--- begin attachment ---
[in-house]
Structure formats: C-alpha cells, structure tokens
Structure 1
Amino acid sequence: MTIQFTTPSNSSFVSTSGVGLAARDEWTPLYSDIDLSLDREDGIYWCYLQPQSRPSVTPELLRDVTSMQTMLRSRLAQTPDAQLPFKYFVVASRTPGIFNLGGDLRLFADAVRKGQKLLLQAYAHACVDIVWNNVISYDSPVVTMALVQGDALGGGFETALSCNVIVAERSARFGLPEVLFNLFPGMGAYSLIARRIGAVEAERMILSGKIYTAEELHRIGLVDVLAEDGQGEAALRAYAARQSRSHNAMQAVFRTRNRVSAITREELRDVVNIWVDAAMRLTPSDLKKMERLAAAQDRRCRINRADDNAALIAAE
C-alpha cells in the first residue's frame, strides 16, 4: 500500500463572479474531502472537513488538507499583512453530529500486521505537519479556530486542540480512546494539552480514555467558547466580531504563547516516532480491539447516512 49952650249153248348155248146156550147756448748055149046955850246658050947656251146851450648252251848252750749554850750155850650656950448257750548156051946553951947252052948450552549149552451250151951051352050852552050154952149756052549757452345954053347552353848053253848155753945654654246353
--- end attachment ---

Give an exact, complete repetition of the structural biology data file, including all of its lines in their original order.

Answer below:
[in-house]
Structure formats: C-alpha cells, structure tokens
Structure 1
Amino acid sequence: MTIQFTTPSNSSFVSTSGVGLAARDEWTPLYSDIDLSLDREDGIYWCYLQPQSRPSVTPELLRDVTSMQTMLRSRLAQTPDAQLPFKYFVVASRTPGIFNLGGDLRLFADAVRKGQKLLLQAYAHACVDIVWNNVISYDSPVVTMALVQGDALGGGFETALSCNVIVAERSARFGLPEVLFNLFPGMGAYSLIARRIGAVEAERMILSGKIYTAEELHRIGLVDVLAEDGQGEAALRAYAARQSRSHNAMQAVFRTRNRVSAITREELRDVVNIWVDAAMRLTPSDLKKMERLAAAQDRRCRINRADDNAALIAAE
C-alpha cells in the first residue's frame, strides 16, 4: 500500500463572479474531502472537513488538507499583512453530529500486521505537519479556530486542540480512546494539552480514555467558547466580531504563547516516532480491539447516512 49952650249153248348155248146156550147756448748055149046955850246658050947656251146851450648252251848252750749554850750155850650656950448257750548156051946553951947252052948450552549149552451250151951051352050852552050154952149756052549757452345954053347552353848053253848155753945654654246353